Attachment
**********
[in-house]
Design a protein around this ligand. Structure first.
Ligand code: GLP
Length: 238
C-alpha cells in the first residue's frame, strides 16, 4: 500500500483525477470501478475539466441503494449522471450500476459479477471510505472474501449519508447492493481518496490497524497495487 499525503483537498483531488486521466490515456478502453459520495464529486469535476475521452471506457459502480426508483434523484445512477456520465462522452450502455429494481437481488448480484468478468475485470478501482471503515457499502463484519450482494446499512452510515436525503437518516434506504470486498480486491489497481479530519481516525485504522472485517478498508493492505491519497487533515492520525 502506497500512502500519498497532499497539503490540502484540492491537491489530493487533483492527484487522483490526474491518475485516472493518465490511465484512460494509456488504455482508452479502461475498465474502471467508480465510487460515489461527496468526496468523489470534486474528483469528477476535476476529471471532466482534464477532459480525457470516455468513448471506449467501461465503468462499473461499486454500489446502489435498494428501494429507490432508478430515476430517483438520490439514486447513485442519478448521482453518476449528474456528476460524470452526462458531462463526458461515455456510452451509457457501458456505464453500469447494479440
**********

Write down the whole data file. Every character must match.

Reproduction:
[in-house]
Design a protein around this ligand. Structure first.
Ligand code: GLP
Length: 238
C-alpha cells in the first residue's frame, strides 16, 4: 500500500483525477470501478475539466441503494449522471450500476459479477471510505472474501449519508447492493481518496490497524497495487 499525503483537498483531488486521466490515456478502453459520495464529486469535476475521452471506457459502480426508483434523484445512477456520465462522452450502455429494481437481488448480484468478468475485470478501482471503515457499502463484519450482494446499512452510515436525503437518516434506504470486498480486491489497481479530519481516525485504522472485517478498508493492505491519497487533515492520525 502506497500512502500519498497532499497539503490540502484540492491537491489530493487533483492527484487522483490526474491518475485516472493518465490511465484512460494509456488504455482508452479502461475498465474502471467508480465510487460515489461527496468526496468523489470534486474528483469528477476535476476529471471532466482534464477532459480525457470516455468513448471506449467501461465503468462499473461499486454500489446502489435498494428501494429507490432508478430515476430517483438520490439514486447513485442519478448521482453518476449528474456528476460524470452526462458531462463526458461515455456510452451509457457501458456505464453500469447494479440